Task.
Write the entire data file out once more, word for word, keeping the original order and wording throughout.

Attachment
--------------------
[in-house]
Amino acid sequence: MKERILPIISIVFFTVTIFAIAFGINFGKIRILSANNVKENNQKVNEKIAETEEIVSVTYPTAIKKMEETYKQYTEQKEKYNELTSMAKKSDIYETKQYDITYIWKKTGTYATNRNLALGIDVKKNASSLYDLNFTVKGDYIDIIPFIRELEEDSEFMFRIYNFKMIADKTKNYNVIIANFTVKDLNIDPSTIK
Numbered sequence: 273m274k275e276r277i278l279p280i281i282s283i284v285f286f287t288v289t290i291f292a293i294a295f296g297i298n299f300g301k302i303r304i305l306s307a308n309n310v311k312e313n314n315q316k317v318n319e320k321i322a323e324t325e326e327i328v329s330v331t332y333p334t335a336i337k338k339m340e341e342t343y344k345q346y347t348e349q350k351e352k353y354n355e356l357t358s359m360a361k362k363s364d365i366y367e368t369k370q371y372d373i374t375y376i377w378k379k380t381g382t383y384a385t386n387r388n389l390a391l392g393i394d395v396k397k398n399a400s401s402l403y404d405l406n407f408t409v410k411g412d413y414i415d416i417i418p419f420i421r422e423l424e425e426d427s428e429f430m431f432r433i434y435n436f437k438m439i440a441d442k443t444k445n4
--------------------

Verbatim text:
[in-house]
Amino acid sequence: MKERILPIISIVFFTVTIFAIAFGINFGKIRILSANNVKENNQKVNEKIAETEEIVSVTYPTAIKKMEETYKQYTEQKEKYNELTSMAKKSDIYETKQYDITYIWKKTGTYATNRNLALGIDVKKNASSLYDLNFTVKGDYIDIIPFIRELEEDSEFMFRIYNFKMIADKTKNYNVIIANFTVKDLNIDPSTIK
Numbered sequence: 273m274k275e276r277i278l279p280i281i282s283i284v285f286f287t288v289t290i291f292a293i294a295f296g297i298n299f300g301k302i303r304i305l306s307a308n309n310v311k312e313n314n315q316k317v318n319e320k321i322a323e324t325e326e327i328v329s330v331t332y333p334t335a336i337k338k339m340e341e342t343y344k345q346y347t348e349q350k351e352k353y354n355e356l357t358s359m360a361k362k363s364d365i366y367e368t369k370q371y372d373i374t375y376i377w378k379k380t381g382t383y384a385t386n387r388n389l390a391l392g393i394d395v396k397k398n399a400s401s402l403y404d405l406n407f408t409v410k411g412d413y414i415d416i417i418p419f420i421r422e423l424e425e426d427s428e429f430m431f432r433i434y435n436f437k438m439i440a441d442k443t444k445n4